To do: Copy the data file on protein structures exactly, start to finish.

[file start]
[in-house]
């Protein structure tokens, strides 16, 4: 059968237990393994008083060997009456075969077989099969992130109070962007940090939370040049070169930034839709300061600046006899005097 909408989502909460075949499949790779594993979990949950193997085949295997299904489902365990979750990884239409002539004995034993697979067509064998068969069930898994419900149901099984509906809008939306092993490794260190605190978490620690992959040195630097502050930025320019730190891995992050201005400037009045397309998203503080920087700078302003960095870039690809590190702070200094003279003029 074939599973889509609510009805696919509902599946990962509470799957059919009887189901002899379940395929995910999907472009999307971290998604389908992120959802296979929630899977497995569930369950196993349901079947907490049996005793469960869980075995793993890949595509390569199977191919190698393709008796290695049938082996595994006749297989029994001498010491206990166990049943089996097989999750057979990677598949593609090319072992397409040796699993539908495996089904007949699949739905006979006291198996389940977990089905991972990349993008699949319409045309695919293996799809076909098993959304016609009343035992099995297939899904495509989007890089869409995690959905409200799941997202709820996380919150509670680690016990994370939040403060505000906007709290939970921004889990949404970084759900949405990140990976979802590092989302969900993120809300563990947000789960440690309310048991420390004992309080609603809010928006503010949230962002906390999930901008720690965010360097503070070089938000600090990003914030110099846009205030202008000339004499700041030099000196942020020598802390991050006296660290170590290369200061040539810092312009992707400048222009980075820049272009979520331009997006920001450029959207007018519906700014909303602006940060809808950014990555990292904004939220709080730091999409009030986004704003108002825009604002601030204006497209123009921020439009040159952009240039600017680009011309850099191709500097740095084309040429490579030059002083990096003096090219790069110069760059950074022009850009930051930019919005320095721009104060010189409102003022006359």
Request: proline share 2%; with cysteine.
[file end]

[in-house]
């Protein structure tokens, strides 16, 4: 059968237990393994008083060997009456075969077989099969992130109070962007940090939370040049070169930034839709300061600046006899005097 909408989502909460075949499949790779594993979990949950193997085949295997299904489902365990979750990884239409002539004995034993697979067509064998068969069930898994419900149901099984509906809008939306092993490794260190605190978490620690992959040195630097502050930025320019730190891995992050201005400037009045397309998203503080920087700078302003960095870039690809590190702070200094003279003029 074939599973889509609510009805696919509902599946990962509470799957059919009887189901002899379940395929995910999907472009999307971290998604389908992120959802296979929630899977497995569930369950196993349901079947907490049996005793469960869980075995793993890949595509390569199977191919190698393709008796290695049938082996595994006749297989029994001498010491206990166990049943089996097989999750057979990677598949593609090319072992397409040796699993539908495996089904007949699949739905006979006291198996389940977990089905991972990349993008699949319409045309695919293996799809076909098993959304016609009343035992099995297939899904495509989007890089869409995690959905409200799941997202709820996380919150509670680690016990994370939040403060505000906007709290939970921004889990949404970084759900949405990140990976979802590092989302969900993120809300563990947000789960440690309310048991420390004992309080609603809010928006503010949230962002906390999930901008720690965010360097503070070089938000600090990003914030110099846009205030202008000339004499700041030099000196942020020598802390991050006296660290170590290369200061040539810092312009992707400048222009980075820049272009979520331009997006920001450029959207007018519906700014909303602006940060809808950014990555990292904004939220709080730091999409009030986004704003108002825009604002601030204006497209123009921020439009040159952009240039600017680009011309850099191709500097740095084309040429490579030059002083990096003096090219790069110069760059950074022009850009930051930019919005320095721009104060010189409102003022006359």
Request: proline share 2%; with cysteine.